Saturday, 5 December 2015

My Little Pony Equestria Girls: Friendship Games

When My Little Pony was hurled into the 21st Century by Lauren Faust, people stood up and took notice. And then got told by their kids that while they were up, can they go and buy them the toys right now. The franchise was transformed from somewhat generic girly fluff to a modern kids' show that just happened to be mostly appreciated by little girls (bronies? Not going there). In 2013, the 'Equestria Girls' movie introduced human versions of the characters; such was its success another EG film – Rainbow Rocks – followed. And now, in the space year 2015, out now on Blu-Ray and DVD we have a third movie featuring the unholy fusion of pony and man; Friendship Games.


The first two movies saw Princess Twilight Sparkle travel to an alternate world, where she met and had adventures with the alternate universe versions of her friends. The third film finally throws the alternate Twilight – who has been investigating what she doesn't realise is Equestrian magic – to the fore. The basic premise runs thus: Alternate Twilight is a geeky and awkward girl, who fails to fit in at her school (Crystal Prep) and has resigned herself to solitude. She ends up at Crystal Prep's rival school Canterlot High during the e(pony)mous Friendship Games where, of course, the alternate versions of pony Twilight's friends go. She ends up interacting with pony Twilight's friends, stuff happens, magic out of control, yadda yadda yadda, something something power of friendship, roll credits. It's as weak as it sounds, and that's the problem; the first two movies rose above their similarly uninteresting synopses. 


The regular MLP actors return, including the omnipresent Tara Strong as whichever version of Twilight you happen to be talking about. They all put the effort in, and it must be said that Pinkie (Andrea Libman) is far and away the star of the show here. Everything about the character – the acting, the writing, the animation – elicits uncontrollable smatterings of laughter whenever the script demands it. These moments are too few and far between though, and serve only to highlight how drab the rest of the experience is.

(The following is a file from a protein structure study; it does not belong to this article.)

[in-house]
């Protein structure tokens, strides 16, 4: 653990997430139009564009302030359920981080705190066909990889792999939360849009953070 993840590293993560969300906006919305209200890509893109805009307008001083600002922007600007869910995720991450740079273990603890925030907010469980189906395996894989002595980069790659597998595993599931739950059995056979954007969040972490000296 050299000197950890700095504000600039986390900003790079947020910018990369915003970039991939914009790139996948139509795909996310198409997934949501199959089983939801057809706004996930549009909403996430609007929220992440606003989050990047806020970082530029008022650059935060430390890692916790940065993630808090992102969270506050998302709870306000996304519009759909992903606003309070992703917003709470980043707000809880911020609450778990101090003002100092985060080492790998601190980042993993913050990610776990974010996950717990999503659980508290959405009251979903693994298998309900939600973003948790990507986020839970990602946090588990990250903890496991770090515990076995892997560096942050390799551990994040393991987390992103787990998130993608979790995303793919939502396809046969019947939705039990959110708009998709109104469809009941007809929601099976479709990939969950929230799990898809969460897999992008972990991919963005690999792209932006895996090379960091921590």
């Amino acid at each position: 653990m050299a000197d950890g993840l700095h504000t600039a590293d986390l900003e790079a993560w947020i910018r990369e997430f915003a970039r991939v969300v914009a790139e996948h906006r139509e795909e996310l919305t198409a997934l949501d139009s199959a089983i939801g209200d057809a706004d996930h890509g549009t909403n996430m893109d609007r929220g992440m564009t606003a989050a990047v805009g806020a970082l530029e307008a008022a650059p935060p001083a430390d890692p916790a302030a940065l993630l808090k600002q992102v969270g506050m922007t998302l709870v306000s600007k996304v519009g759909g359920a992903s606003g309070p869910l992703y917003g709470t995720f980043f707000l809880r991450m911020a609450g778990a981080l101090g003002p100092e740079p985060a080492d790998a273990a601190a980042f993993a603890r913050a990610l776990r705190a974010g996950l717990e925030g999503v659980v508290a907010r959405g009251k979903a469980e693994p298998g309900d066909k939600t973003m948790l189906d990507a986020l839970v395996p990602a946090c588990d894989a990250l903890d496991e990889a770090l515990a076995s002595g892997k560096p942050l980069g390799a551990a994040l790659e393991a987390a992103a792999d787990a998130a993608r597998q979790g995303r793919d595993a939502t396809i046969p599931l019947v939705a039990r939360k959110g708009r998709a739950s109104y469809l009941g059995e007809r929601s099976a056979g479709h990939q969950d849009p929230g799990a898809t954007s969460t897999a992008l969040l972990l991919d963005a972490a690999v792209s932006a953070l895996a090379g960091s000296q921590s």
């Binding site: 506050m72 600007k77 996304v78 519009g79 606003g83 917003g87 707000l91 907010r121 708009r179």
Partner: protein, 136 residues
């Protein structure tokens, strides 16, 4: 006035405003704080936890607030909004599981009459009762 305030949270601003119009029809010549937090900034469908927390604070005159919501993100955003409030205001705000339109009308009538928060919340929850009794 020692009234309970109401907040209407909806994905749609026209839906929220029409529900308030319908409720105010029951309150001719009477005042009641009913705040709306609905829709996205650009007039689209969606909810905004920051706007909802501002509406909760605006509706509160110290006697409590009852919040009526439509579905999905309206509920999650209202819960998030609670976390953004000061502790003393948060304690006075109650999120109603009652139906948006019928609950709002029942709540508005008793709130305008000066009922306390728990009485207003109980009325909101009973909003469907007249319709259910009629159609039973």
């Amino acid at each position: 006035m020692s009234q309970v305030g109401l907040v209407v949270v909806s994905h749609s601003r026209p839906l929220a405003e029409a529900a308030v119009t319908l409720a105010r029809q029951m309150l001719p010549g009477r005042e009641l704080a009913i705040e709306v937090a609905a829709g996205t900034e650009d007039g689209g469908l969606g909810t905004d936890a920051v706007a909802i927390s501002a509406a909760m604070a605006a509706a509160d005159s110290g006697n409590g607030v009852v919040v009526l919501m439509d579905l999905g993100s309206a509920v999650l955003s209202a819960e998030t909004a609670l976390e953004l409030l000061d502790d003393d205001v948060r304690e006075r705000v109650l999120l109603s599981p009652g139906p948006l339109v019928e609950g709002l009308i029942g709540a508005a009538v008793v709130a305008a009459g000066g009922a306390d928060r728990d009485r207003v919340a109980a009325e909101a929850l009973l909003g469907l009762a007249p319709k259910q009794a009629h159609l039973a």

It's difficult to say why the film falls so flat for the majority of its running time. It's tempting to point out that while the script for the overwhelmingly female cast was written by a woman (Meghan McCarthy) for the first two films, this one is written by a man (Josh Haber). While both have experience in the writing of the Friendship Is Magic TV series, handing the reins of a feature-length tale to Haber doesn't seem to have worked out so well.

Pinkie aside, the elements that manage to stand out do so for the wrong reasons. Twilight's awkwardness is reinforced by some mild bullying from her classmates, and an apparent inability to walk in a straight line without falling over or bumping into something. None of the bullies see any consequences for their mean words or attitudes, either; this threatens to send the rather unpleasant message that Twilight's pariah status is entirely her own fault. The movie's ending is, arguably, a lazy replica of the first film's conclusion – and one that doesn't link in terribly well to all that has happened before. More generally, the songs (of which there are several) are just as weak as the rest of the film, and therefore instantly forgettable. This is even harder to explain than the script, as Daniel Ingram is again at the musical wheel – and Rainbow Rocks actually has a pretty good soundtrack. There, I said it.


I might not be the target market here, but the nail in the coffin is that of my three young girls, two lost interest before the end of the film, and none have asked to watch it again. Nor have they been singing any of the songs, or looking them up on YouTube. Case closed.

Not sure you should pony up the money for this. 2/5.

★★☆☆☆

Luke Kemp


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